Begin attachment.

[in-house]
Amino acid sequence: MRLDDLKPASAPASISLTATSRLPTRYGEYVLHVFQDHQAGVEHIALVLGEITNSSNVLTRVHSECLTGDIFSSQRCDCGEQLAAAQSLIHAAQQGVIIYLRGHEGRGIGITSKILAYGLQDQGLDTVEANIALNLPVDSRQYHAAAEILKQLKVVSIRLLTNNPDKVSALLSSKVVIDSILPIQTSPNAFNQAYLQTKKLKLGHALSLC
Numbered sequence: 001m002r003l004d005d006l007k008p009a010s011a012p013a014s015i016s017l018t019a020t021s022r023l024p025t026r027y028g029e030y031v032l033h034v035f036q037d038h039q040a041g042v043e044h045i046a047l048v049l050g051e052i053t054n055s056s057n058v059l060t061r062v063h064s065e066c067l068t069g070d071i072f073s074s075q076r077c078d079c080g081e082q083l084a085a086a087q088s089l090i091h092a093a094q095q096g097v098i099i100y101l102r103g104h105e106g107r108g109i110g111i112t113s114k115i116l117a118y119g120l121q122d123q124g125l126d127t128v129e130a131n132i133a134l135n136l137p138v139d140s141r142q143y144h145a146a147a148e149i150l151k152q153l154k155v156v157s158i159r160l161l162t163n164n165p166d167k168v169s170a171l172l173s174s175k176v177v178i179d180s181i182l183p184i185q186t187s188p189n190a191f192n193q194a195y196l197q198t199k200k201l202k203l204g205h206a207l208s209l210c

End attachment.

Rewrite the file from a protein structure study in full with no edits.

[in-house]
Amino acid sequence: MRLDDLKPASAPASISLTATSRLPTRYGEYVLHVFQDHQAGVEHIALVLGEITNSSNVLTRVHSECLTGDIFSSQRCDCGEQLAAAQSLIHAAQQGVIIYLRGHEGRGIGITSKILAYGLQDQGLDTVEANIALNLPVDSRQYHAAAEILKQLKVVSIRLLTNNPDKVSALLSSKVVIDSILPIQTSPNAFNQAYLQTKKLKLGHALSLC
Numbered sequence: 001m002r003l004d005d006l007k008p009a010s011a012p013a014s015i016s017l018t019a020t021s022r023l024p025t026r027y028g029e030y031v032l033h034v035f036q037d038h039q040a041g042v043e044h045i046a047l048v049l050g051e052i053t054n055s056s057n058v059l060t061r062v063h064s065e066c067l068t069g070d071i072f073s074s075q076r077c078d079c080g081e082q083l084a085a086a087q088s089l090i091h092a093a094q095q096g097v098i099i100y101l102r103g104h105e106g107r108g109i110g111i112t113s114k115i116l117a118y119g120l121q122d123q124g125l126d127t128v129e130a131n132i133a134l135n136l137p138v139d140s141r142q143y144h145a146a147a148e149i150l151k152q153l154k155v156v157s158i159r160l161l162t163n164n165p166d167k168v169s170a171l172l173s174s175k176v177v178i179d180s181i182l183p184i185q186t187s188p189n190a191f192n193q194a195y196l197q198t199k200k201l202k203l204g205h206a207l208s209l210c